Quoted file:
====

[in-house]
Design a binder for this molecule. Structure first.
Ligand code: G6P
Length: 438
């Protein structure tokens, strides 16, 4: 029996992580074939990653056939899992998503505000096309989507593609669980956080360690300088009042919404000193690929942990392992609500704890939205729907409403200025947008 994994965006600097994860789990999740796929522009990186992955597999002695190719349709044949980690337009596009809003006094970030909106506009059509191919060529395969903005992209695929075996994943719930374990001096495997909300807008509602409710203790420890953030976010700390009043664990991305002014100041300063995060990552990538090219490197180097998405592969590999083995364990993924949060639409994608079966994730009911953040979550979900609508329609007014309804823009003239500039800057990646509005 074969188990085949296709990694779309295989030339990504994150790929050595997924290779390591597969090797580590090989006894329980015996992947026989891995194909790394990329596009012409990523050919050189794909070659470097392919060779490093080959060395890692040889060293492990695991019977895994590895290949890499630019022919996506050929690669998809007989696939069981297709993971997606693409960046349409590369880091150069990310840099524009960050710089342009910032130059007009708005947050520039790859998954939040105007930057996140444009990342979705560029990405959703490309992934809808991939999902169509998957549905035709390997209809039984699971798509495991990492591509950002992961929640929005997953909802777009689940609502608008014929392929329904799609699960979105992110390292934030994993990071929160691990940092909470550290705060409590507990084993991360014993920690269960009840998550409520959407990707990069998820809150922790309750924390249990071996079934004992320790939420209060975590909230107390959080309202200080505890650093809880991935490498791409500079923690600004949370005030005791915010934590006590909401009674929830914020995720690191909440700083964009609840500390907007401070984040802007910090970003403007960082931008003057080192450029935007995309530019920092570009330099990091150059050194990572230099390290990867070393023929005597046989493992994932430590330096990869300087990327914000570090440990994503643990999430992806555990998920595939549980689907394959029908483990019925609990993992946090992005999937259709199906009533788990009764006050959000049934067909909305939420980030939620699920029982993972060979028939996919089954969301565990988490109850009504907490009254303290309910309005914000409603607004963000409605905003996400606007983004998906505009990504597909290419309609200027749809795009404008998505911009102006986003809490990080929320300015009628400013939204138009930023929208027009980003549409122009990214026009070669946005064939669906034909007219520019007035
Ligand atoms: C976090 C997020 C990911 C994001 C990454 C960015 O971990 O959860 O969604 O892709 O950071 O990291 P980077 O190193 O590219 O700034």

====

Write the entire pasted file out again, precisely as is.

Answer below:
[in-house]
Design a binder for this molecule. Structure first.
Ligand code: G6P
Length: 438
């Protein structure tokens, strides 16, 4: 029996992580074939990653056939899992998503505000096309989507593609669980956080360690300088009042919404000193690929942990392992609500704890939205729907409403200025947008 994994965006600097994860789990999740796929522009990186992955597999002695190719349709044949980690337009596009809003006094970030909106506009059509191919060529395969903005992209695929075996994943719930374990001096495997909300807008509602409710203790420890953030976010700390009043664990991305002014100041300063995060990552990538090219490197180097998405592969590999083995364990993924949060639409994608079966994730009911953040979550979900609508329609007014309804823009003239500039800057990646509005 074969188990085949296709990694779309295989030339990504994150790929050595997924290779390591597969090797580590090989006894329980015996992947026989891995194909790394990329596009012409990523050919050189794909070659470097392919060779490093080959060395890692040889060293492990695991019977895994590895290949890499630019022919996506050929690669998809007989696939069981297709993971997606693409960046349409590369880091150069990310840099524009960050710089342009910032130059007009708005947050520039790859998954939040105007930057996140444009990342979705560029990405959703490309992934809808991939999902169509998957549905035709390997209809039984699971798509495991990492591509950002992961929640929005997953909802777009689940609502608008014929392929329904799609699960979105992110390292934030994993990071929160691990940092909470550290705060409590507990084993991360014993920690269960009840998550409520959407990707990069998820809150922790309750924390249990071996079934004992320790939420209060975590909230107390959080309202200080505890650093809880991935490498791409500079923690600004949370005030005791915010934590006590909401009674929830914020995720690191909440700083964009609840500390907007401070984040802007910090970003403007960082931008003057080192450029935007995309530019920092570009330099990091150059050194990572230099390290990867070393023929005597046989493992994932430590330096990869300087990327914000570090440990994503643990999430992806555990998920595939549980689907394959029908483990019925609990993992946090992005999937259709199906009533788990009764006050959000049934067909909305939420980030939620699920029982993972060979028939996919089954969301565990988490109850009504907490009254303290309910309005914000409603607004963000409605905003996400606007983004998906505009990504597909290419309609200027749809795009404008998505911009102006986003809490990080929320300015009628400013939204138009930023929208027009980003549409122009990214026009070669946005064939669906034909007219520019007035
Ligand atoms: C976090 C997020 C990911 C994001 C990454 C960015 O971990 O959860 O969604 O892709 O950071 O990291 P980077 O190193 O590219 O700034």